Photo of Eric Alexander

Way back in September 2012, we—in its Blog-specific veiled singular usage—did our first post.  We introduced ourselves with some rare first personal singular statements before proceeding to trash a Louisiana intermediate appellate court’s affirmance of a large verdict under Louisiana’s Medical Assistance Programs Integrity Law.  Among our criticisms was the lack of detail on

Photo of Bexis

We’ve finished reading through the New Jersey Supreme Court’s unanimous decision in Hrymoc v. Ethicon, Inc., ___ A.3d ___, 2023 WL 4714042 (N.J. July 25, 2023) (which should really be captioned “McGinnis” because plaintiff Hrymoc settled, see n.1).  The good – really good – news is that an abusively obtained nuclear ($68 million+) verdict goes bye-bye.  That alone is grounds for celebration.

Continue Reading Perfect Defense §510(k) Compliance Win in New Jersey May Be Pyrrhic

Photo of Bexis

We’ve blogged before about the plaintiffs’ self-defeating “injury” definition in the Taxotere mass tort litigation.  Specifically, plaintiffs have defined their injury as being hair loss that persists more than six months after their cessation of treatment with the defendant’s cancer chemotherapy drug.  But, because this litigation (like most product liability MDLs) only exists because of lawyer solicitation, such solicitation dredges up many plaintiffs who sat on their hands for much longer than the aforesaid six month period.  Having a date certain as to when the injury exists greatly assists any defendant in winning dismissal of these stale claims on statute of limitations grounds.

That’s not just true in the Taxotere MDL

Continue Reading Taxotere Timing Troubles Persistently Plague Plaintiffs

Photo of Stephen McConnell

It is looking very much as if the U.S. Supreme Court will hear a case this upcoming October term that will permit it, at long last, to inter the Chevron doctrine. Under that doctrine, if there is ambiguity about the scope of rule making powers provided to an agency by Congress, courts will defer to

Photo of Bexis

We’re happy to report on a couple of favorable decisions involving some of the COVID-19-related issues that the Blog has been covering.  We have one each on ivermectin injunctions, Shoemaker v. UPMC, ___ A.3d ___, 2022 WL 4372772 (Pa. Super. Sept. 22, 2022), and vaccine mandates, Children’s Health Defense, Inc. v. Rutgers, 2022 WL 4377515 (D.N.J. Sept. 22, 2022).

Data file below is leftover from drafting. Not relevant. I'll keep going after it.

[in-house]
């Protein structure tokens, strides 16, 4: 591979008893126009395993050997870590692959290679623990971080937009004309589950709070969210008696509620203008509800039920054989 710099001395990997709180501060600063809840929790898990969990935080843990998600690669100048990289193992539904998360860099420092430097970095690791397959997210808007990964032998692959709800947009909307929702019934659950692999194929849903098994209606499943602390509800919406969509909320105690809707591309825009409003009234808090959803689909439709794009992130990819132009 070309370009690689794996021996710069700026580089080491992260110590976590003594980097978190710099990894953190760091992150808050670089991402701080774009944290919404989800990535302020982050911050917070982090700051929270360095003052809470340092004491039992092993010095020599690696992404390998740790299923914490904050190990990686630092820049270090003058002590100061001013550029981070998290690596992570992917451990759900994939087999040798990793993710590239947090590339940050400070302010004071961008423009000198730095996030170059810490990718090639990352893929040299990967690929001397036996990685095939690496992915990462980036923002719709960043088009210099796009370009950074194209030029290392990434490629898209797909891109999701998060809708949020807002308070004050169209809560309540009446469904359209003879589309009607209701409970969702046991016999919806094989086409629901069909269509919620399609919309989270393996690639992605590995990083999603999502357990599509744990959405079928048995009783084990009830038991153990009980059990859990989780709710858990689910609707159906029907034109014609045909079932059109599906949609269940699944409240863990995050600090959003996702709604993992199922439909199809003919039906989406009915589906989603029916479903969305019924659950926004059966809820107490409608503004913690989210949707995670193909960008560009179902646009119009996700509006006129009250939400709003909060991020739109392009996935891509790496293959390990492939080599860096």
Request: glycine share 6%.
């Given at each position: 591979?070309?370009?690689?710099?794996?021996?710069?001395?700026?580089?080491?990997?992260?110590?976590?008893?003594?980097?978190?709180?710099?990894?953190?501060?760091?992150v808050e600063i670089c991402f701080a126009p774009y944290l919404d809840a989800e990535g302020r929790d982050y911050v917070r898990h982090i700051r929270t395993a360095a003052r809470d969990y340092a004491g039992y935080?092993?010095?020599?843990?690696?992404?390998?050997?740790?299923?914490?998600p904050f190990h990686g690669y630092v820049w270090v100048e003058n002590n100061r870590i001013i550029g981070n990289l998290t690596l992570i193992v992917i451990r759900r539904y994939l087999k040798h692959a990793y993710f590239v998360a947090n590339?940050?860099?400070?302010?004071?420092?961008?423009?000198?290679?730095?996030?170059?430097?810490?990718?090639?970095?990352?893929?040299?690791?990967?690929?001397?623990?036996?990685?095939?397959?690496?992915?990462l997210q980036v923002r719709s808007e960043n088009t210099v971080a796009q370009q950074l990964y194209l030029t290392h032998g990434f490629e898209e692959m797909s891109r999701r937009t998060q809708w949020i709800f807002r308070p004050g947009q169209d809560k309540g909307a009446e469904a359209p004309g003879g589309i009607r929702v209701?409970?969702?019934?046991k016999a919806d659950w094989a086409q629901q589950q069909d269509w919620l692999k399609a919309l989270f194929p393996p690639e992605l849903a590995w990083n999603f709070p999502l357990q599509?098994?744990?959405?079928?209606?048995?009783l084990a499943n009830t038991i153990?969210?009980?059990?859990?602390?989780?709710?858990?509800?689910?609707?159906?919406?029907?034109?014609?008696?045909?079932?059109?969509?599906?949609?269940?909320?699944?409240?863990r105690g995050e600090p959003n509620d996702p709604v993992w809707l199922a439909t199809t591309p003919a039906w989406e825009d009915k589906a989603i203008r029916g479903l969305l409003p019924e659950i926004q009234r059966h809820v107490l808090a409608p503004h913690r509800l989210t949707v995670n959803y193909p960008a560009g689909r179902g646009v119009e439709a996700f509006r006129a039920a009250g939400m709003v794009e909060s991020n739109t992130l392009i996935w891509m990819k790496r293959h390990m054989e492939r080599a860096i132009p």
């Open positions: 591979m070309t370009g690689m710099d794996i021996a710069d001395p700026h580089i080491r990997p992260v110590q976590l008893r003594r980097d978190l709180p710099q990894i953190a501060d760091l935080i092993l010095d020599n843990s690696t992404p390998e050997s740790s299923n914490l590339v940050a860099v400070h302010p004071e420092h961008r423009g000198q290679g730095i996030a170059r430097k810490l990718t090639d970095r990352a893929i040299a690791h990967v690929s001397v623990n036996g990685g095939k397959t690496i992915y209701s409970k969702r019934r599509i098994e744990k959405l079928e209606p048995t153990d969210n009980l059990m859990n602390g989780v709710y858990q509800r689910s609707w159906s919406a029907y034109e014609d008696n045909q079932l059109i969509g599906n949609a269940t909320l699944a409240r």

Continue Reading Two Recent COVID-19 Wins

Photo of Andrew Tauber

A relatively short post about Greisberg v. Boston Scientific Corp., 2022 WL 1261318 (3d Cir. 2022), a short decision that came out the right way, but did so based on a problematic statute that creates a rebuttal presumption that warning labels approved by the FDA are adequate as a matter of state law.


Photo of Michelle Yeary

Today’s case is a straight warnings case.  So, there should be little surprise that if it involves a generic drug preemption shuts it down.  But that does not mean that plaintiffs did not try several avenues of attack to try to find a warning claim that would stick.  None did.

The case is Roncal v.

Photo of Michelle Yeary

“That which we call a rose by any other name would smell just as sweet.” William Shakespeare uses this line in his play Romeo and Juliet to convey that the naming of things is irrelevant. We may not always agree with that (for instance, this blogger is Washington Football Fan – enough said). But when

Photo of Bexis

A little more than six months ago (June 21, 2021), the United States District Court for the District of New Jersey began enforcing its Local Rule 7.1.1, requiring disclosure of third-party litigation funding.  Local Rule 7.1.1 provides:

Within 30 days of filing an initial pleading or transfer of the matter to this district, including the